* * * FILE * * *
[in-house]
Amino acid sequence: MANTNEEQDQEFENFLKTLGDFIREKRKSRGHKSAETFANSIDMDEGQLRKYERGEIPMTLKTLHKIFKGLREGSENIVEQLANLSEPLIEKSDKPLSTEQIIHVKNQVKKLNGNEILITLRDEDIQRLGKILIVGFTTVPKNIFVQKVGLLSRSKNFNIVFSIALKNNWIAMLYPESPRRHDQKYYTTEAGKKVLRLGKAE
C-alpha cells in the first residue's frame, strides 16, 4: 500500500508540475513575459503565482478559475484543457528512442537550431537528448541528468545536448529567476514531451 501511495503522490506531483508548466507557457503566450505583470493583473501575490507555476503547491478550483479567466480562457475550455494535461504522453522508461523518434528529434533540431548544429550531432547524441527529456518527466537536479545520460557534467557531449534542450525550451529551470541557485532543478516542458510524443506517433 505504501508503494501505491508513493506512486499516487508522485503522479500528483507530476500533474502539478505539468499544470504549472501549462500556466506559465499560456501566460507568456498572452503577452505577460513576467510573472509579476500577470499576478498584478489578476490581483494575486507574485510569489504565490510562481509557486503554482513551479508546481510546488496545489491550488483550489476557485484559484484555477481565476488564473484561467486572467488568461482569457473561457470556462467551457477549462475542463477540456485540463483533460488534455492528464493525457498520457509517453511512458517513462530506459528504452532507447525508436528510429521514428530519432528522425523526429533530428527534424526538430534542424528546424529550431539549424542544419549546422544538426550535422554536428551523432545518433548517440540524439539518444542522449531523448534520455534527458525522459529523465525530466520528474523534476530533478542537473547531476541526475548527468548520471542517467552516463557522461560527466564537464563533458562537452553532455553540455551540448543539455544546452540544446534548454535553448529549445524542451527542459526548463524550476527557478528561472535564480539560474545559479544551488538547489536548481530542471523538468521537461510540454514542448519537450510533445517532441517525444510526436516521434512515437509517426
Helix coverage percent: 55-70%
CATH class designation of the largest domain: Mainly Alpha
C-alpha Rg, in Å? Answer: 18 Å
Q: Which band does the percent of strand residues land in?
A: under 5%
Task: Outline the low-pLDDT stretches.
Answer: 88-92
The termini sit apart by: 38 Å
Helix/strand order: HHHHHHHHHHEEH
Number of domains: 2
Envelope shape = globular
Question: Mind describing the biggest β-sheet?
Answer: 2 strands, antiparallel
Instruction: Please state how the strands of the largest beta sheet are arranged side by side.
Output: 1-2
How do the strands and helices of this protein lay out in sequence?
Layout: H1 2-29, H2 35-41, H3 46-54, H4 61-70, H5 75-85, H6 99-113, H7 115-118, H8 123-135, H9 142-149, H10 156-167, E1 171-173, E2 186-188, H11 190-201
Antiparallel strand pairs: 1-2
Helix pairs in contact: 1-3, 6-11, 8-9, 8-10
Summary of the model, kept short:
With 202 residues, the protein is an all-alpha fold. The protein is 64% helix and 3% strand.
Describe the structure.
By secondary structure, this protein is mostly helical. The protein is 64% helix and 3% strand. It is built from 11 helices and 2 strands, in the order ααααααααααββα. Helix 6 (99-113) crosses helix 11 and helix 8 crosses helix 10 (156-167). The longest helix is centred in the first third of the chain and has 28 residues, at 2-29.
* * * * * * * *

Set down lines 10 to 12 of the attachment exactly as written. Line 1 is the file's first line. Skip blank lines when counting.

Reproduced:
Answer: 88-92
The termini sit apart by: 38 Å
Helix/strand order: HHHHHHHHHHEEH